Could #MeToo lead to equal pay for actresses?

Salma Hyeck says these once-taboo topics are the talk of the town, leading to change both on- and off-screen

Actress Salma Hayek says the #MeToo movement has led to unprecedented progress in demanding respect for women in the workplace, but that change needs to be reflected in their paycheques.

When she started working in Hollywood, Hayek said talking about issues of representation of women and minorities was so frowned upon, it could hurt your reputation in the industry.

But now, she said, these once-taboo topics are the talk of the town, and it’s translating into change on- and off-screen.

“It’s a privilege to have had such a long career where you start in a situation where many dreams seem impossible personally, and also, for an industry to change in the direction,” Hayek said in an interview at the Toronto International Film Festival.

“And to be able to stay in it long enough to see the transformation, how it’s changed for the minorities, how it’s changing for women, it’s very exciting.”

Hayek said there are more strong roles for women than ever before, like the take-no-prisoners Wall Street warrior she plays in “The Hummingbird Project,” which premiered at the TIFF on Saturday, and women are also gaining power behind the scenes.

READ MORE: #MeToo at work – B.C. employers play a role in fixing culture

Hayek said she was initially drawn to ”The Hummingbird Project” because of her admiration of Montreal-raised director Kim Nguyen, but she was also excited by the opportunity to play a Latin American woman with power in the financial world, particularly one who is an immigrant.

“(Women) are in the centre of a lot of the stories that were never done before,” she said. “I think that definitely we are being able to occupy a different space with a different weight in the industry.”

Hayek credits much of this progress to the chorus of celebrities — herself among them — who have spoken out about the widespread mistreatment of women in Hollywood.

Last December, Hayek penned an op-ed in the New York Times alleging she was repeatedly sexually harassed by former film mogul Harvey Weinstein, which his lawyers responded to with a full denial.

Hayek said she thinks the next frontier will be stars using their spotlight to call for equal pay for equal work between men and women in all professions.

“The fact that the women in the film industry have been so outspoken about the respect towards women, it really has had a ripple effect like never before, in all the other industries,” she said.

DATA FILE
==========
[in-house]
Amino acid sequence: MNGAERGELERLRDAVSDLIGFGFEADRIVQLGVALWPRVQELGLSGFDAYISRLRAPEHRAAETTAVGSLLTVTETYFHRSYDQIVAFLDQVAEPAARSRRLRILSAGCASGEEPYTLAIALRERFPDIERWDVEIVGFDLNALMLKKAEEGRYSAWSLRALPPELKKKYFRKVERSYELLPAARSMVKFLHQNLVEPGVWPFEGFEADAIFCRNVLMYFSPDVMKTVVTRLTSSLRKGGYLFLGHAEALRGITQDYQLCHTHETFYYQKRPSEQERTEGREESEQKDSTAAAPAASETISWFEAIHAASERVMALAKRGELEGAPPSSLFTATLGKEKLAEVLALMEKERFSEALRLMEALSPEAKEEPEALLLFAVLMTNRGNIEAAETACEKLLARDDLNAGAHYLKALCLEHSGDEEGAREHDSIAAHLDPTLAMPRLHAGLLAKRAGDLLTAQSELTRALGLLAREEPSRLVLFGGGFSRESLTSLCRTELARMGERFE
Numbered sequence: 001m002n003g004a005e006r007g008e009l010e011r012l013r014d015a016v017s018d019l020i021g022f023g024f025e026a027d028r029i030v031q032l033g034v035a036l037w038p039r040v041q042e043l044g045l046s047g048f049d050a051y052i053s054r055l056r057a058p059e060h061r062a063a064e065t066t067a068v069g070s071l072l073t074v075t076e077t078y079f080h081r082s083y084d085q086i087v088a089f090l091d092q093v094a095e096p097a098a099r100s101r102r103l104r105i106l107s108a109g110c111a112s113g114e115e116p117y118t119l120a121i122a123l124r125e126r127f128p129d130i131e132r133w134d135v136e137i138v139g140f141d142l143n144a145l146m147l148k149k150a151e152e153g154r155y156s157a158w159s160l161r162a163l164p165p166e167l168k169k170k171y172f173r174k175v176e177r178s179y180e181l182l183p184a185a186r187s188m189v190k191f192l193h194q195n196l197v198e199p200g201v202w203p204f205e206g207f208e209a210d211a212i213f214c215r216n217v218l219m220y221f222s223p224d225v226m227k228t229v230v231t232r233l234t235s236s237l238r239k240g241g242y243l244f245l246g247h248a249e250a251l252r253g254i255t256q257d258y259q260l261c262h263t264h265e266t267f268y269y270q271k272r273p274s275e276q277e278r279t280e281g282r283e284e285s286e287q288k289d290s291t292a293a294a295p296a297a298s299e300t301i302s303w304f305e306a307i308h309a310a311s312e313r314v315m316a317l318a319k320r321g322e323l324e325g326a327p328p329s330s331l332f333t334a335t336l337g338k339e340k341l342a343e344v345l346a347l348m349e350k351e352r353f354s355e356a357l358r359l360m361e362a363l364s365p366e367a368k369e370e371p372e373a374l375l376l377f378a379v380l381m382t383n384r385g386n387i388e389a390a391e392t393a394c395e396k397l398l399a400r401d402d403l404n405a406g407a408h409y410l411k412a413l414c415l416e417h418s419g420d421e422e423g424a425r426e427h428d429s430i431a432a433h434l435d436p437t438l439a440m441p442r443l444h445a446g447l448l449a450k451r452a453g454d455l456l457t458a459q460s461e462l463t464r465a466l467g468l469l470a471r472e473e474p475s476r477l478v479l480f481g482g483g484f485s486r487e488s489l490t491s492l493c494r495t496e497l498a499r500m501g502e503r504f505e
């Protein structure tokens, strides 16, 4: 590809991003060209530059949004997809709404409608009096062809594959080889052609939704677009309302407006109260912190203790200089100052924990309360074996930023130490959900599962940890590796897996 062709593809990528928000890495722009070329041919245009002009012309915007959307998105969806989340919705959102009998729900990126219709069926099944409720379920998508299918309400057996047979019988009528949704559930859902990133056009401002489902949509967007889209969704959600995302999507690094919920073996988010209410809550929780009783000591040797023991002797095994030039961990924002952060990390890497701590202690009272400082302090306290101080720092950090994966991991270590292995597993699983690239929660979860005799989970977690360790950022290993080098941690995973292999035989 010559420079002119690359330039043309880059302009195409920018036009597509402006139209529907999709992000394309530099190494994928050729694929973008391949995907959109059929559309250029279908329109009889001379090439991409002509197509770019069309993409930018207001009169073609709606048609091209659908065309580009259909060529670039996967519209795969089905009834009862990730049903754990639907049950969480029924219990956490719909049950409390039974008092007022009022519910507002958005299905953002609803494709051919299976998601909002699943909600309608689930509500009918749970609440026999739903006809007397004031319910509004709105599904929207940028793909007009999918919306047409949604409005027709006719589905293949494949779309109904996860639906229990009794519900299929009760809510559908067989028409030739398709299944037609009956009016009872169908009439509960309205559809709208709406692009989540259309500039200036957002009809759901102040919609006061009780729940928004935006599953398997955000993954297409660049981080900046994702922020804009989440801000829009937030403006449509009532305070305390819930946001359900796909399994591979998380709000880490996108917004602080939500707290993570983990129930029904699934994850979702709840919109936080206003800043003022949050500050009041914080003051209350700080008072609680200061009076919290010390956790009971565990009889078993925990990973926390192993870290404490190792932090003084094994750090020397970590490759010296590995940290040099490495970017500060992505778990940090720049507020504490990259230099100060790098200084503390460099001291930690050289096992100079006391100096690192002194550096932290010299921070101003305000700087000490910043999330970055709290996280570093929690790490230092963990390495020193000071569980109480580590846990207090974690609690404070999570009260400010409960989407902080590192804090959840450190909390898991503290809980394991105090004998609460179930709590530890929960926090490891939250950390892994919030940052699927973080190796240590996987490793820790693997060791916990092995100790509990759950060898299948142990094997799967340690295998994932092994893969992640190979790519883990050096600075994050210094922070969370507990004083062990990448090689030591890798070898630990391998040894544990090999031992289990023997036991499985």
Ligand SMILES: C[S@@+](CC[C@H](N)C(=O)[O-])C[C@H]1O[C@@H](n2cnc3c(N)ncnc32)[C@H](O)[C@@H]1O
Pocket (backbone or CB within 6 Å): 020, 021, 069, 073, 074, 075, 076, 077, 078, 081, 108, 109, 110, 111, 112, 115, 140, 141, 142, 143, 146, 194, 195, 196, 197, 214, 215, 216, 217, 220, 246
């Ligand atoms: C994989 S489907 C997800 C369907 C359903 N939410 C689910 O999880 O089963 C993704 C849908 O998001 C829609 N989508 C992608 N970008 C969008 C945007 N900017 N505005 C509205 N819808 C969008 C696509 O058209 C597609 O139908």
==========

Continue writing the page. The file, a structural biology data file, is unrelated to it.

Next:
“I think that if we make an example, also, in the equality of pay, because we are seen everywhere, you know. It just gets into everybody’s brain that this is what is correct to do.”

While she takes heart in the strides Hollywood has made towards equality, Hayek said she longs for the day when they won’t be so noteworthy.

“I kind of cannot wait for the moment when no one talks about it anymore, because it’s become normality.”

The Canadian Press

Like us on Facebook and follow us on Twitter.

Just Posted

Work on South Surrey’s Bailey bridge booked

Week-long closure of King George Boulevard structure to start Monday: ministry

Environment, finance top of mind for new Surrey Councillor Steven Pettigrew

Unexpected advocacy led to political mentorship, says first-term councillor

Noted fiddlers bring kids to Surrey stage for ‘A Celtic Family Christmas’ concert

Bell theatre date for Natalie MacMaster and Donnell Leahy as they reunite for 23-city tour of Canada

South Surrey native wins ‘Oscars of hairdressing’ award

Simon James named Contessa 2019 Texture Hairstylist of the Year

Surrey-based business donates $1M to hospital’s children centre improvements

Surrey Hospital Foundation kicks off campaign for ‘transformation’ of children’s centre

Fashion Fridays: 5 coats you need this winter!

Kim XO, lets you know the best online shopping tips during Fashion Fridays on the Black Press Media Network

Sunrise ceremony at B.C. legislature honours Louis Riel

Nov. 16 marks the 133th anniversary of the Métis leader’s death

5 to start your day

BC Hydro says outages have tripled in the last five years, two men charged after alleged butter thefts and more

California wildfire death toll hits 63

Sheriff says hundreds still missing in nation’s deadliest wildfire

Harsh storms have nearly tripled power outages in last five years, BC Hydro says

More frequent and severe storms have damaged Hydro’s electrical systems since 2013

Trudeau to meet key Pacific trade partners at APEC leaders’ summit

Canada became one of the first six countries to ratify the CPTPP

Judge orders White House to return press pass to CNN’s Acosta

U.S. District Court Judge will decide on White House press credentials of CNN reporter Jim Acosta

WikiLeaks chief could see charges, US court filing suggests

Charges against Julian Assange could help illuminate the question of whether Russia co-ordinated with the Trump campaign

Federal MPs denounce controversial Facebook post targeting Sajjan

Okanagan Conservatives apologize for controversial Facebook post

Most Read